By on May 11, 2017

Matthias Müller, Image: Volkswagen AG/Wikimedia Commons (CC BY 3.0)

Volkswagen Group CEO Matthias Müller is under investigation in Germany over the possibility he withheld important information on the company’s emissions scandal to investors, as well as potential market manipulation relating to Porsche. While public prosecutors continued to broaden their search among high-ranking company officials, the inclusion of the CEO is a bit of a surprise.

It was widely believed Müller would be free from scrutiny as he was appointed to replace ex-CEO Martin Winterkorn shortly after the emissions scandal went public in September 2015. Initially, German investigators even stated the CEO was not suspected of any wrongdoing. Then, in March of 2017, prosecutors launched a raid that seized the mobile phones, electronic passwords, appointment books, and email files of numerous Volkswagen and Audi employees — including Müller. 

This is the first time Müller has officially been the subject of any of the multiple government probes. The majority have focused on former executives and mid-level bosses who definitively authorized software to falsify emissions tests. The software went on to be installed in 11 million vehicles. However, Braunschweig and Stuttgart-based investigators have begun focusing their attention further up the corporate ladder. Those probes already include Winterkorn and Hans-Dieter Pötsch, the company’s current chairman and former finance chief.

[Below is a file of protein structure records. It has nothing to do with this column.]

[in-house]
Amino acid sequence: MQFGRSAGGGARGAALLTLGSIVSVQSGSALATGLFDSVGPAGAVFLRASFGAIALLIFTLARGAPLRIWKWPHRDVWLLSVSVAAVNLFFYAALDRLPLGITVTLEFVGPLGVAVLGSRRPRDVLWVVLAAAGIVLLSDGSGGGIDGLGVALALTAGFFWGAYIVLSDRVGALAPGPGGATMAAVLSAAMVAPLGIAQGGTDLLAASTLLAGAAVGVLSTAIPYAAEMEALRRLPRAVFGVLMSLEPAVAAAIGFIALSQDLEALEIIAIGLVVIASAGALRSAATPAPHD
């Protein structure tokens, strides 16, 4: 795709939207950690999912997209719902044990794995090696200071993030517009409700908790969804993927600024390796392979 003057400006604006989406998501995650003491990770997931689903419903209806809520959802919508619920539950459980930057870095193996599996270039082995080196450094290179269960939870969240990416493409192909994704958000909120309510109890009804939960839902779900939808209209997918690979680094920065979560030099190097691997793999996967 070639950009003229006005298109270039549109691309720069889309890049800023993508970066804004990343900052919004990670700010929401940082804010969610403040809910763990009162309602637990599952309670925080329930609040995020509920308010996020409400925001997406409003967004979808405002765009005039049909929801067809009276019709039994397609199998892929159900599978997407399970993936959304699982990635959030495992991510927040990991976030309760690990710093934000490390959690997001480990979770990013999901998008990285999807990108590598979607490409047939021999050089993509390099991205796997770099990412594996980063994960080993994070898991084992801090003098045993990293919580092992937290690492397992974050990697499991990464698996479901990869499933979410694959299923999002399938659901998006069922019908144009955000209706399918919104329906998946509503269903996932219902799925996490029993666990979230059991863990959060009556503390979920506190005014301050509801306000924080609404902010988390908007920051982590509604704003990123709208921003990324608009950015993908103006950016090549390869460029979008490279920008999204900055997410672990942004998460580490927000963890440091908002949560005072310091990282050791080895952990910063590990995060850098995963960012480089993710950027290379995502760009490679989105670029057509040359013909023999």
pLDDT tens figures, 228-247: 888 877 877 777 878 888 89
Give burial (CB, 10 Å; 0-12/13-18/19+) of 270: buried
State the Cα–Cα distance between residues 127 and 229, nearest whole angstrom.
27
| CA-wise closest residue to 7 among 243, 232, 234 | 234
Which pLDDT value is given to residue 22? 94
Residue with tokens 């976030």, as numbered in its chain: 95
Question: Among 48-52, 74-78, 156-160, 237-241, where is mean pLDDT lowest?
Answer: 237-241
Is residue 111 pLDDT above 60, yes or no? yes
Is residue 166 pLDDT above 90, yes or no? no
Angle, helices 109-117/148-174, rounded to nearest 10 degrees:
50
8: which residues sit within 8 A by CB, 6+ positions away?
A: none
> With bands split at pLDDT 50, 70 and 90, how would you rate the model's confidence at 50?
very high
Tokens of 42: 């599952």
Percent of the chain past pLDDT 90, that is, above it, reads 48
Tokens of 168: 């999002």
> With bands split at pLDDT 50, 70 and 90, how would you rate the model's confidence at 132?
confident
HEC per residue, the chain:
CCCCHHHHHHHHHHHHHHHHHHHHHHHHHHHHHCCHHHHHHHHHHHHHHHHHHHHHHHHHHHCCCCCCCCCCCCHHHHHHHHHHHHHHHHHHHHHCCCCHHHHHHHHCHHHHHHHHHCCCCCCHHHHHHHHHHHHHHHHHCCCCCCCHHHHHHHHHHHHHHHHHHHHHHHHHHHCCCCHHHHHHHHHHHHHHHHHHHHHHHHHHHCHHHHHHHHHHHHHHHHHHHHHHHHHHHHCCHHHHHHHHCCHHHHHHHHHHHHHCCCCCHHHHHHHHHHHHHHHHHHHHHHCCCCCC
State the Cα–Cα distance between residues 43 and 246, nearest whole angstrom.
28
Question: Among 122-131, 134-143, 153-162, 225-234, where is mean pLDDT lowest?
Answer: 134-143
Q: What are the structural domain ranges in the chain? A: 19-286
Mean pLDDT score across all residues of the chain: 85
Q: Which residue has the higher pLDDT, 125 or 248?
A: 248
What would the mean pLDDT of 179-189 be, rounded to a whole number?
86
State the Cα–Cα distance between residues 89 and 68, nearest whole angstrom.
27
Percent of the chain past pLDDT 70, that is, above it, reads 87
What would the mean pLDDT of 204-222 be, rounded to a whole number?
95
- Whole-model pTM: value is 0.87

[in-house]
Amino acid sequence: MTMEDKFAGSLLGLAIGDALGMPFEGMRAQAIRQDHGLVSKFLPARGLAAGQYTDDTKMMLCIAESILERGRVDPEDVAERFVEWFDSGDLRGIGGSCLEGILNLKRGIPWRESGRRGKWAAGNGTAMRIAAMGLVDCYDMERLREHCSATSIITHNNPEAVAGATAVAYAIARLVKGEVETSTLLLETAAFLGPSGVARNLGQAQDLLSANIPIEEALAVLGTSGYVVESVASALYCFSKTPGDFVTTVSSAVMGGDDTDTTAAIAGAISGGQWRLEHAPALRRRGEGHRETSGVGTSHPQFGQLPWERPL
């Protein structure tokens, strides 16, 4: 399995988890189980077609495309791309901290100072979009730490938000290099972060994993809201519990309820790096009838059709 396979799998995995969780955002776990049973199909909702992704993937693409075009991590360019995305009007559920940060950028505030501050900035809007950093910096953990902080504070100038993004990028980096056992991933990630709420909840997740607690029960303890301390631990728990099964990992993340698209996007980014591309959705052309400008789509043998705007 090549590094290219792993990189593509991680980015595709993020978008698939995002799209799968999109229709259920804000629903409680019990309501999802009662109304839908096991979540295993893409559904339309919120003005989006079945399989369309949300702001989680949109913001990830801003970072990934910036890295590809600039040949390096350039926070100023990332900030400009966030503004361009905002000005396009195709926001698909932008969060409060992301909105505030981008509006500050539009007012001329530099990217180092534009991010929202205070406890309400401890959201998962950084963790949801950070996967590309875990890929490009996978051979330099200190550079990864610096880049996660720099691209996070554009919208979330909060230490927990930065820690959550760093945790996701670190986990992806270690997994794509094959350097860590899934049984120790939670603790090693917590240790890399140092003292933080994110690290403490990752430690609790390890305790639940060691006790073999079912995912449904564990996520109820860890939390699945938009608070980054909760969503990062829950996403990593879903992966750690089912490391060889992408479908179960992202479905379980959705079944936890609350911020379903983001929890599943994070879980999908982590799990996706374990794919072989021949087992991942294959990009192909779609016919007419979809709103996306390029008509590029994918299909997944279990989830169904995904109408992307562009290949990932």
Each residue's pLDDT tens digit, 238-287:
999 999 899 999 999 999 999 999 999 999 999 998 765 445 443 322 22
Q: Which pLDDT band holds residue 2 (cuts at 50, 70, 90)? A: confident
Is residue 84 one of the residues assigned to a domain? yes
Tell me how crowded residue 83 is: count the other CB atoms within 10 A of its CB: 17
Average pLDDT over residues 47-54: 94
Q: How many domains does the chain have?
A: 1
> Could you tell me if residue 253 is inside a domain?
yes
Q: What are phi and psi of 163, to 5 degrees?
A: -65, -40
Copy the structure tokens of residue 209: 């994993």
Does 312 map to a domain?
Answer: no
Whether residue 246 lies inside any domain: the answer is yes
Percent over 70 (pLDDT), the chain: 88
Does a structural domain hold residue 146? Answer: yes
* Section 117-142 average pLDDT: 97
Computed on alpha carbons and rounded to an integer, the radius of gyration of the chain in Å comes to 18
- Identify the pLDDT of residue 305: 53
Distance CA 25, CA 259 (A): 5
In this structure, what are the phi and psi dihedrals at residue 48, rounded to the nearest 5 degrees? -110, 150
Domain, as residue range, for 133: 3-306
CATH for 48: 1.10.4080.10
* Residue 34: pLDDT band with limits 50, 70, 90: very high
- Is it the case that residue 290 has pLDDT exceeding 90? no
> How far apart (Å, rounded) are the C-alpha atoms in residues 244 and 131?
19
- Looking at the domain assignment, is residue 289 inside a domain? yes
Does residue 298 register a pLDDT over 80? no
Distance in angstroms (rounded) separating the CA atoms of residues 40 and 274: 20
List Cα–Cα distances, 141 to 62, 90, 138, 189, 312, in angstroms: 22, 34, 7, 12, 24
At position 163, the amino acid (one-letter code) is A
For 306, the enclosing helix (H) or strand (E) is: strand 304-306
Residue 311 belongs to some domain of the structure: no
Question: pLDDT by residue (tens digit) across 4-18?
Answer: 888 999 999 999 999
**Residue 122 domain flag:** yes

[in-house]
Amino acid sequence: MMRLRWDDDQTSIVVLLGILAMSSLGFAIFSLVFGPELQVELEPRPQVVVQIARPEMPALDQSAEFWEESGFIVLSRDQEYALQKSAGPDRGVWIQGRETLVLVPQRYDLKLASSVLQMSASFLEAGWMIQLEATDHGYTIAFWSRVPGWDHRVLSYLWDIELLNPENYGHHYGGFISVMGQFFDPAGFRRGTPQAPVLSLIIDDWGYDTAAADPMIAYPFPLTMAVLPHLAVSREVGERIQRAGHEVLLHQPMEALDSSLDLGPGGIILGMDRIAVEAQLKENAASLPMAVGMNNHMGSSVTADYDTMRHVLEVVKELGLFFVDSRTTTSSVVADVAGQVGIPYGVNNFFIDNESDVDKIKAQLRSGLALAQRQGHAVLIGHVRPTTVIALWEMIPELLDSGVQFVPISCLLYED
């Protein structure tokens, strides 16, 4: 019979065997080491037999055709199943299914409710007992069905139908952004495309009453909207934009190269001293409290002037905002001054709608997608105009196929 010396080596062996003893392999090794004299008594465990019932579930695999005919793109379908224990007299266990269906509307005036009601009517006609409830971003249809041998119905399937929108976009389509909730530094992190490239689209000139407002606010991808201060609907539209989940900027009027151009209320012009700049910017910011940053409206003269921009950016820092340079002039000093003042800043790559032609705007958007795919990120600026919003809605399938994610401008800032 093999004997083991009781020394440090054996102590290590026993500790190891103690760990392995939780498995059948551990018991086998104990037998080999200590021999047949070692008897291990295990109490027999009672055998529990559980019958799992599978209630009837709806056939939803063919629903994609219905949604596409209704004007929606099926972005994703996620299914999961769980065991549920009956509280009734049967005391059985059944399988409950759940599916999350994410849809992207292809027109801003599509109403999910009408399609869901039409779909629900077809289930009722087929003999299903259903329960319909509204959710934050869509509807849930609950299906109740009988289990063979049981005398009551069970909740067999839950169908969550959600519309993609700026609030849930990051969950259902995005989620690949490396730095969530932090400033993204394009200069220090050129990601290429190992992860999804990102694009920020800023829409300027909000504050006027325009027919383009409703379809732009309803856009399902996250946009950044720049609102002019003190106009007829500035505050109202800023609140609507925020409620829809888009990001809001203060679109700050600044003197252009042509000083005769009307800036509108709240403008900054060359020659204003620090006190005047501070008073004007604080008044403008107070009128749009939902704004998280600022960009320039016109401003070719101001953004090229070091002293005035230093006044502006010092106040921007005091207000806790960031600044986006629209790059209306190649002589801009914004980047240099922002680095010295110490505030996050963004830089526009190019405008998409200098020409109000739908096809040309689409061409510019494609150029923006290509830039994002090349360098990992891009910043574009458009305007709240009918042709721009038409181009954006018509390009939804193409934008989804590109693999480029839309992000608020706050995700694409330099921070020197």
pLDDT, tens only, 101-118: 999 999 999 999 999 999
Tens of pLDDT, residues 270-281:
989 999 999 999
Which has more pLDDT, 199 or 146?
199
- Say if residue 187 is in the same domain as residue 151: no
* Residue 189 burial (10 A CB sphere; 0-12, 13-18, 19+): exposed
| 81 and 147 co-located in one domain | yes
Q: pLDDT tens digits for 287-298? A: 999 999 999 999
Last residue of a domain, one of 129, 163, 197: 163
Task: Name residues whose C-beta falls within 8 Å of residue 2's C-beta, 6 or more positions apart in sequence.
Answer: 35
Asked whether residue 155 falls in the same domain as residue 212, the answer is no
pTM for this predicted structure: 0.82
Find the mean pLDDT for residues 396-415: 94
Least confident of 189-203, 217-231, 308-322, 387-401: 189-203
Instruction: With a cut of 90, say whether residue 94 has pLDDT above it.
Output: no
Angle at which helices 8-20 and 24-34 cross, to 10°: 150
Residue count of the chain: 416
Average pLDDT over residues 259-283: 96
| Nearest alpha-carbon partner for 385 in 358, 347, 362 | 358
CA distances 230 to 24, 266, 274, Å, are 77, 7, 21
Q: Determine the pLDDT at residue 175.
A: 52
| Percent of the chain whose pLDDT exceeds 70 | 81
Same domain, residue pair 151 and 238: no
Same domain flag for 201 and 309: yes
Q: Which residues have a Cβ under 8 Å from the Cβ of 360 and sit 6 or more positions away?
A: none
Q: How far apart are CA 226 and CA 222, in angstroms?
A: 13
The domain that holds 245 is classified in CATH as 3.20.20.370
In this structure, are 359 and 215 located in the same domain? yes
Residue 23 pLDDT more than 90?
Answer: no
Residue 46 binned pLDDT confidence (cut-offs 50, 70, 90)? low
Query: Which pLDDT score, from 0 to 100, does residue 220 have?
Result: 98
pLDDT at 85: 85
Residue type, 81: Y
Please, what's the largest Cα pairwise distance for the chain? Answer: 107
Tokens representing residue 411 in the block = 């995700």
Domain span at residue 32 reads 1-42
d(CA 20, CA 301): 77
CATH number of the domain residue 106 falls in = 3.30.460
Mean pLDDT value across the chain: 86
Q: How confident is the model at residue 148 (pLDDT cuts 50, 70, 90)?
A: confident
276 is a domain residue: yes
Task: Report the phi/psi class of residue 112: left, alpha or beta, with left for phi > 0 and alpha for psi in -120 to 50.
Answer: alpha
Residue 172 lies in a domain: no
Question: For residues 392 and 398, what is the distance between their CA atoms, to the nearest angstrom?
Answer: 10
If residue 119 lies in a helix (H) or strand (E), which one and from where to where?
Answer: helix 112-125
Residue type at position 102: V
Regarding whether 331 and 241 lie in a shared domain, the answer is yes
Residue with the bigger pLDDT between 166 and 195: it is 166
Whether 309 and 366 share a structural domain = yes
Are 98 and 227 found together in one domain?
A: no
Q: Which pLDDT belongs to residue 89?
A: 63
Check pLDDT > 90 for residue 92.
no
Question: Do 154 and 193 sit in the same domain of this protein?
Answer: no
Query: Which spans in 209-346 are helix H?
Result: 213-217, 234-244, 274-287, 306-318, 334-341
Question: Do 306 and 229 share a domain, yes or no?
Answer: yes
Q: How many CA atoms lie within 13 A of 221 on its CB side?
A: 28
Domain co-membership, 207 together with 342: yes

The Financial Times ties the Stuttgart investigations to a 2016 complaint by Germany’s Financial Supervisory Authority, which suspected several Porsche SE executive of possible market manipulation. It’s unknown if Müller was among them at the time.

Neither Volkswagen or Porsche has made any statement on the matter. However, VW has previously maintained that its executives were unaware of the vastness of the emissions scandal or the potential liabilities involved. It has repeatedly faulted lower-level engineers as acting alone while upper management slowly learned of the true nature of the problem after environmental regulators began asking questions. The company has repeatedly apologized on the matter while pledging to improve corporate transparency and maintain its social responsibilities.

Earlier this year, six former or current VW officials were indicted by the U.S. government for conspiracy to commit fraud and violation of the Clean Air Act. One of them, former U.S. emissions compliance chief Oliver Schmidt, currently sits in a Detroit jail awaiting trial after being nabbed by authorities in Miami last January.

[Image: Volkswagen AG]

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